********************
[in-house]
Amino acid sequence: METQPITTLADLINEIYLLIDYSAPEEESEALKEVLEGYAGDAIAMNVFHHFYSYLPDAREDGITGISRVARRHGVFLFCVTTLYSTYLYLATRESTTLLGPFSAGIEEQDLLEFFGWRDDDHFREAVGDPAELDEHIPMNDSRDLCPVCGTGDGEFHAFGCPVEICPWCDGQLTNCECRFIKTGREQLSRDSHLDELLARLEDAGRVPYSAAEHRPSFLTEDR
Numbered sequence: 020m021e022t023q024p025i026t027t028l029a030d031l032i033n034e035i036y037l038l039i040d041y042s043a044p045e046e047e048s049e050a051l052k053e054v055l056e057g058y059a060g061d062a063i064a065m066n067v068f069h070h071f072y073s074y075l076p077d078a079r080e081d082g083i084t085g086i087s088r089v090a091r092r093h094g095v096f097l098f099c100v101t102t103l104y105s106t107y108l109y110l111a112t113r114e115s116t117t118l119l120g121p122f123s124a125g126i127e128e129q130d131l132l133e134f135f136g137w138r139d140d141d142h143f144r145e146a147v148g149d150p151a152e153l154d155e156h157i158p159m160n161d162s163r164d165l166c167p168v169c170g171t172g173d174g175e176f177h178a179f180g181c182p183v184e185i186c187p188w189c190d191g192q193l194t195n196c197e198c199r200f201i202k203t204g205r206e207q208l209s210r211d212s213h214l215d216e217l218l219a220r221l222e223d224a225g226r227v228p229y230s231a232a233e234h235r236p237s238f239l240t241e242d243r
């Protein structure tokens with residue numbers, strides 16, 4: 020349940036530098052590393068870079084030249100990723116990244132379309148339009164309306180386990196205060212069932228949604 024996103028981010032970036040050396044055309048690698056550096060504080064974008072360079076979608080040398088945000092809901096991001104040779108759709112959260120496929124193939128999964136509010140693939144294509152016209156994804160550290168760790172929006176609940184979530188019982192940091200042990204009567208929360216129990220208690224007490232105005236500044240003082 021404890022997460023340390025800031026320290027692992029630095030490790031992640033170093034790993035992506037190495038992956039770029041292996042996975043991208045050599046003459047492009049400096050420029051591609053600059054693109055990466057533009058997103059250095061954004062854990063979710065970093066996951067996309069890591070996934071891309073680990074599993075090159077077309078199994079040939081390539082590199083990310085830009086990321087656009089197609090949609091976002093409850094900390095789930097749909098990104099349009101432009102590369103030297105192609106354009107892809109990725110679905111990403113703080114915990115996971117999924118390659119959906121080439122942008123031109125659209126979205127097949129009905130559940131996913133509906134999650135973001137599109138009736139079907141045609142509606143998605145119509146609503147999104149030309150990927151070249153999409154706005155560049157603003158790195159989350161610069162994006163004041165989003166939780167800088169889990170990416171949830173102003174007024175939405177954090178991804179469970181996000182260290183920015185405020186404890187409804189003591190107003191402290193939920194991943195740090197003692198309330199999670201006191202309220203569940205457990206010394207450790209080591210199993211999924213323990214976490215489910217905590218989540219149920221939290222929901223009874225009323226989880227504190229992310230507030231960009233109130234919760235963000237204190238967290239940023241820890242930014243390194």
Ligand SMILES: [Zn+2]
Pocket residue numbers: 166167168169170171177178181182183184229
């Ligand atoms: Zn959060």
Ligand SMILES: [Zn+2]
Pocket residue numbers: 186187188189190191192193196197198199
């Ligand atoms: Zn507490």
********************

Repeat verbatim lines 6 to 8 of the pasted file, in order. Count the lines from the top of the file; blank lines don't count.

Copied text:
Pocket residue numbers: 166167168169170171177178181182183184229
């Ligand atoms: Zn959060």
Ligand SMILES: [Zn+2]